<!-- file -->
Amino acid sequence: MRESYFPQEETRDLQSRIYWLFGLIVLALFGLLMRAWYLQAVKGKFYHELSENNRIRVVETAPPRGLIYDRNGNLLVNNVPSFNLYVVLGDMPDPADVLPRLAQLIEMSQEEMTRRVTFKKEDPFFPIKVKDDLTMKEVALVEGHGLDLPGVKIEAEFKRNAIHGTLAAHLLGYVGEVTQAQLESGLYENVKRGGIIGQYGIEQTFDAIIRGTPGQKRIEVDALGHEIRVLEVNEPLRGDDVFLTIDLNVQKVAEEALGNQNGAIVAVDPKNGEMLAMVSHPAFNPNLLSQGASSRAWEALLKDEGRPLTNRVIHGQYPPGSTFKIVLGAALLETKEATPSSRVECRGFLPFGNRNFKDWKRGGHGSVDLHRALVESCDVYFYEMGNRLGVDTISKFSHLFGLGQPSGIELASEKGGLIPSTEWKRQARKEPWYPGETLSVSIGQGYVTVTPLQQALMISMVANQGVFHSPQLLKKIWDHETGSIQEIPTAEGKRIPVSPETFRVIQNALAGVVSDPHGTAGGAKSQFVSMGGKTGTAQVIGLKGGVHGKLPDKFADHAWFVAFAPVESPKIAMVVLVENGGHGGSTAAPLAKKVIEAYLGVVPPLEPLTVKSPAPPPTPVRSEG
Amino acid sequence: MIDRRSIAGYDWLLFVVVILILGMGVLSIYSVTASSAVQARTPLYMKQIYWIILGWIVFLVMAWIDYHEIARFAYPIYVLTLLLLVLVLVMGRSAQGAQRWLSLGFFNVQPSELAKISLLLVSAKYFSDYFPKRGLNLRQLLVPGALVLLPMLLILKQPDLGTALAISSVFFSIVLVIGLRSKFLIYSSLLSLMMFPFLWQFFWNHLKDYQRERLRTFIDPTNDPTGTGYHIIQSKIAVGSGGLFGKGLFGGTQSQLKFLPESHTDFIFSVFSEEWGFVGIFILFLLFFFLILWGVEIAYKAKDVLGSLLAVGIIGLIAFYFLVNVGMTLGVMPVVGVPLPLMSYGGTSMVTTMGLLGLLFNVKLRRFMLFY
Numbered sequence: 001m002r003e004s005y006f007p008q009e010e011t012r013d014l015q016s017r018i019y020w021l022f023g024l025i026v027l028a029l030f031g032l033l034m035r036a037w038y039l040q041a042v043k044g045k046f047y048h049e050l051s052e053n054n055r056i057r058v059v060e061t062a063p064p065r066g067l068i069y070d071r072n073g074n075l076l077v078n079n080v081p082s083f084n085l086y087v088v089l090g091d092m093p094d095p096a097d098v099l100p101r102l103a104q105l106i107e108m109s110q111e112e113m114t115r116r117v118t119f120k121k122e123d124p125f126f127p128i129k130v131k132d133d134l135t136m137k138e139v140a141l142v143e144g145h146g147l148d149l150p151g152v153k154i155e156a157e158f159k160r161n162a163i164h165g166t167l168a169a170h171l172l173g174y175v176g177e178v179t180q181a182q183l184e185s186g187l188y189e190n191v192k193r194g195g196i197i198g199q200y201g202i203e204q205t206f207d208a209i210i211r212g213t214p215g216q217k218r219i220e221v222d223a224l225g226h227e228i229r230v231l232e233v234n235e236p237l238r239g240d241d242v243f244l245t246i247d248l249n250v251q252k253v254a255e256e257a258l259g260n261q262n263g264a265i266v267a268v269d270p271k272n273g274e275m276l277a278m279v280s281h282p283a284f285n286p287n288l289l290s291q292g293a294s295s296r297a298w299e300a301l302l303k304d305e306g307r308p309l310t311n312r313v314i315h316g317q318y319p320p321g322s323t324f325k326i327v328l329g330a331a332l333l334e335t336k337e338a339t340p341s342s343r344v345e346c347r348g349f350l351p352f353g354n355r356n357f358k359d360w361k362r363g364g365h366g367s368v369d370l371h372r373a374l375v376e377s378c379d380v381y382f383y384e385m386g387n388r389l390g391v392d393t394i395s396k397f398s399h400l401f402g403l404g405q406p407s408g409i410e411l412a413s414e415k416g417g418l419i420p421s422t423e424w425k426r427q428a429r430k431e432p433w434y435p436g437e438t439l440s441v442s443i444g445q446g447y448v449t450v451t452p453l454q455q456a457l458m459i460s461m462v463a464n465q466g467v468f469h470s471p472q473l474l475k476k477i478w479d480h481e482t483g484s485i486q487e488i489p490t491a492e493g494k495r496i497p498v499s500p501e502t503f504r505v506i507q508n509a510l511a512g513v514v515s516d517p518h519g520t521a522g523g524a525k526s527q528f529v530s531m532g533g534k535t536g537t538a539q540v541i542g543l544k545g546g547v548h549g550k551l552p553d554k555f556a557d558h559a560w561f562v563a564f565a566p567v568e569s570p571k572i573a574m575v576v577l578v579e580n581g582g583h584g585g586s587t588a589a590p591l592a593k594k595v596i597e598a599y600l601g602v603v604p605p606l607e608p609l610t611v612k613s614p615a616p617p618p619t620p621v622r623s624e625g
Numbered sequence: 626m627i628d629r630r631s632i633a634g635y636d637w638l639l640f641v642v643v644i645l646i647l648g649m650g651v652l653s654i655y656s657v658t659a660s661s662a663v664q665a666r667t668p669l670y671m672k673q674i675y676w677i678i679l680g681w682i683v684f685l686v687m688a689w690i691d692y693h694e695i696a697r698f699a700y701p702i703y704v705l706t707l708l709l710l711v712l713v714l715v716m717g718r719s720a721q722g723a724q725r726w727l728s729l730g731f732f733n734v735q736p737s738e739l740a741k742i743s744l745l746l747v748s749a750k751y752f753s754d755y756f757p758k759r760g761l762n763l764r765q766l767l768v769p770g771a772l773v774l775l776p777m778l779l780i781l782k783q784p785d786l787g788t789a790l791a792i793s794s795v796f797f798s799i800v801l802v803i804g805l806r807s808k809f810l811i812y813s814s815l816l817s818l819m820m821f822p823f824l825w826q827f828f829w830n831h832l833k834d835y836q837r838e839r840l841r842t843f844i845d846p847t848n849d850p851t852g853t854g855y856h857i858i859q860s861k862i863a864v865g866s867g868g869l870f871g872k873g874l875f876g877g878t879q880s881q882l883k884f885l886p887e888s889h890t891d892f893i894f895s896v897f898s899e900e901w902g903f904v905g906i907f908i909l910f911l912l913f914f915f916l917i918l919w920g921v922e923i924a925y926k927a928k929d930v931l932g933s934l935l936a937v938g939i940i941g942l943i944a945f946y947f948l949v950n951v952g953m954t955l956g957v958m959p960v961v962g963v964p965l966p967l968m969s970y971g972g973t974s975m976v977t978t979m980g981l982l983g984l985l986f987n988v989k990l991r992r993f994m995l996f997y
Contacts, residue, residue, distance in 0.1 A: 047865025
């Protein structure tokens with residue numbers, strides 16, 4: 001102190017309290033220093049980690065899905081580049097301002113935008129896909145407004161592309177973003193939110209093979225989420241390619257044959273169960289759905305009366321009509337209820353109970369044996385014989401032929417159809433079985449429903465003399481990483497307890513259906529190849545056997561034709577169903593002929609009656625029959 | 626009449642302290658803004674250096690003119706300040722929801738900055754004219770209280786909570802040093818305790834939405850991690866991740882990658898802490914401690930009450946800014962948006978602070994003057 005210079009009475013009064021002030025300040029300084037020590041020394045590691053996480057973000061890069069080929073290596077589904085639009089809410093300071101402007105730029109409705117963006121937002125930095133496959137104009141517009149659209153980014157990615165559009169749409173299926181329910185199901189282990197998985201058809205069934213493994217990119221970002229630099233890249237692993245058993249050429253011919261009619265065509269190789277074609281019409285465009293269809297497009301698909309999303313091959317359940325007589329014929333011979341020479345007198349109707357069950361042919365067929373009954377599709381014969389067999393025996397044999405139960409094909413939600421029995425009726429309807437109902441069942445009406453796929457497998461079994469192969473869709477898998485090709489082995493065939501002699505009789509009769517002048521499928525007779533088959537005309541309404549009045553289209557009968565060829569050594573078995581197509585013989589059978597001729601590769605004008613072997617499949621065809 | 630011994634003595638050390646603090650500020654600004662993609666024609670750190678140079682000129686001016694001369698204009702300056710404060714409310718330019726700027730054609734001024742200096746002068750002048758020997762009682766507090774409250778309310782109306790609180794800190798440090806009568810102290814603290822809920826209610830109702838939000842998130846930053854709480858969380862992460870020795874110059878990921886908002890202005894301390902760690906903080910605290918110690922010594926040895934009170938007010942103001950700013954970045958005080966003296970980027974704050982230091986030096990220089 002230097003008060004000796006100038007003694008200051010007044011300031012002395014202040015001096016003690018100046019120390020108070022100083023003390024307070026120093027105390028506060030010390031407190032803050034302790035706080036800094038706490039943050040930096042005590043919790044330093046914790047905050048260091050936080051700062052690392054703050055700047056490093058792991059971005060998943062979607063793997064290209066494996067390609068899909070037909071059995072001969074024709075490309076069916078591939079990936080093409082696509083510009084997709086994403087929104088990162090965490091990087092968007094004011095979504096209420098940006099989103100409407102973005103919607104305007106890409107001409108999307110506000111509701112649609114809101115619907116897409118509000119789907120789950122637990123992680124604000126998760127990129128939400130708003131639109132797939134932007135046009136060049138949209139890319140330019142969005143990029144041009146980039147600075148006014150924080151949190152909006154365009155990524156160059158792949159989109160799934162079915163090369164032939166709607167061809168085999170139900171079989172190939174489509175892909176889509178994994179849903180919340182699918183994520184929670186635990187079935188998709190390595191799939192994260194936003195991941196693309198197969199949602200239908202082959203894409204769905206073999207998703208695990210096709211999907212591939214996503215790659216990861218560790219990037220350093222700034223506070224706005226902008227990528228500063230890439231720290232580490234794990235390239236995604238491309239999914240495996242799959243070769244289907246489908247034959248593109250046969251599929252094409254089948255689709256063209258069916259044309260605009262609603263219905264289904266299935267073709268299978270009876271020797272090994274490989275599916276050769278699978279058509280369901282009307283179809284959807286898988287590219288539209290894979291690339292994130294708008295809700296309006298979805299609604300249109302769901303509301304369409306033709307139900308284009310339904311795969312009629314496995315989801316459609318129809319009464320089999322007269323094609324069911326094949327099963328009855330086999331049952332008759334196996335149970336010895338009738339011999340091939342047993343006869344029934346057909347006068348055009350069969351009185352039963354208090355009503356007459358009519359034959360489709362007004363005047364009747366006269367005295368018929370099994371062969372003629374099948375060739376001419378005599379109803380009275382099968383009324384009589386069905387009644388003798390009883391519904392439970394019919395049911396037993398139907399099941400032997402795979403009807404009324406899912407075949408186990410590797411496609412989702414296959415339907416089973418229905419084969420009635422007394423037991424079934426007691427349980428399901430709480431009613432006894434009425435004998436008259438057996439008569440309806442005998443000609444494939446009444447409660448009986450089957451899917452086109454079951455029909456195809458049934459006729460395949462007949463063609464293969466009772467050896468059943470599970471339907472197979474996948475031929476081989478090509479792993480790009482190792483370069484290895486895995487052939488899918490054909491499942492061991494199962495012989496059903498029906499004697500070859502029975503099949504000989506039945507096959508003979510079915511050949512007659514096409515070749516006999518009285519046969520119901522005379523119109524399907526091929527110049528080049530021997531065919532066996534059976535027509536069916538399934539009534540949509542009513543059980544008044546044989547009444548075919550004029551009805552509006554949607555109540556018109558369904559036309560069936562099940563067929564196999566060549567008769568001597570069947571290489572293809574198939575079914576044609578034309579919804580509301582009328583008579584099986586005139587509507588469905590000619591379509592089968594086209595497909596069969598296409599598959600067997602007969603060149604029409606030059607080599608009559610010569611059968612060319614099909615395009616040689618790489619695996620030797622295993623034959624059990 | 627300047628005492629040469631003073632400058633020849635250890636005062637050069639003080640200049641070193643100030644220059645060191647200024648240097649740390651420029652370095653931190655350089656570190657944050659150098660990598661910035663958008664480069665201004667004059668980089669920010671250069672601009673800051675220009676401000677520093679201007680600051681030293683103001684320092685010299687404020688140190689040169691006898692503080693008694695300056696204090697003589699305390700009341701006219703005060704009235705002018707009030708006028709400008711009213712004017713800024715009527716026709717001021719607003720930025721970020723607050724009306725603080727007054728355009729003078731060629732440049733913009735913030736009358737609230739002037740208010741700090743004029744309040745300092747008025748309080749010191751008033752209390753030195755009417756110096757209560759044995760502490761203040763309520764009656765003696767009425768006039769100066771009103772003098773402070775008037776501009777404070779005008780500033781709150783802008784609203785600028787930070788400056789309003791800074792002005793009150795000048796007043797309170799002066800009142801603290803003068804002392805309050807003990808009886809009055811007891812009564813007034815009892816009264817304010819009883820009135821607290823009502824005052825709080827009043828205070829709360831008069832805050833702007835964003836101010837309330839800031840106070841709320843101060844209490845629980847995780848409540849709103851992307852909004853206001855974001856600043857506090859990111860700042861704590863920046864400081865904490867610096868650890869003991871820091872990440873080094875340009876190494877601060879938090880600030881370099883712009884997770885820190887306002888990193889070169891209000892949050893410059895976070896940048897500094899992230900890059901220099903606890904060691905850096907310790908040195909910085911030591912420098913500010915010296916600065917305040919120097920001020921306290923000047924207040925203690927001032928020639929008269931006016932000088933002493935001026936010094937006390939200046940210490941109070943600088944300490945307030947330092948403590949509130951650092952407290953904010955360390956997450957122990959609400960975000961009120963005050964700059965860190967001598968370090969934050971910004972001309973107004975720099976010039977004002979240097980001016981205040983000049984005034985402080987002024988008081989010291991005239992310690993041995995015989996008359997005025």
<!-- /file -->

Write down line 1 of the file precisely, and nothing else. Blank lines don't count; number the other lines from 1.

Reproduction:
Amino acid sequence: MRESYFPQEETRDLQSRIYWLFGLIVLALFGLLMRAWYLQAVKGKFYHELSENNRIRVVETAPPRGLIYDRNGNLLVNNVPSFNLYVVLGDMPDPADVLPRLAQLIEMSQEEMTRRVTFKKEDPFFPIKVKDDLTMKEVALVEGHGLDLPGVKIEAEFKRNAIHGTLAAHLLGYVGEVTQAQLESGLYENVKRGGIIGQYGIEQTFDAIIRGTPGQKRIEVDALGHEIRVLEVNEPLRGDDVFLTIDLNVQKVAEEALGNQNGAIVAVDPKNGEMLAMVSHPAFNPNLLSQGASSRAWEALLKDEGRPLTNRVIHGQYPPGSTFKIVLGAALLETKEATPSSRVECRGFLPFGNRNFKDWKRGGHGSVDLHRALVESCDVYFYEMGNRLGVDTISKFSHLFGLGQPSGIELASEKGGLIPSTEWKRQARKEPWYPGETLSVSIGQGYVTVTPLQQALMISMVANQGVFHSPQLLKKIWDHETGSIQEIPTAEGKRIPVSPETFRVIQNALAGVVSDPHGTAGGAKSQFVSMGGKTGTAQVIGLKGGVHGKLPDKFADHAWFVAFAPVESPKIAMVVLVENGGHGGSTAAPLAKKVIEAYLGVVPPLEPLTVKSPAPPPTPVRSEG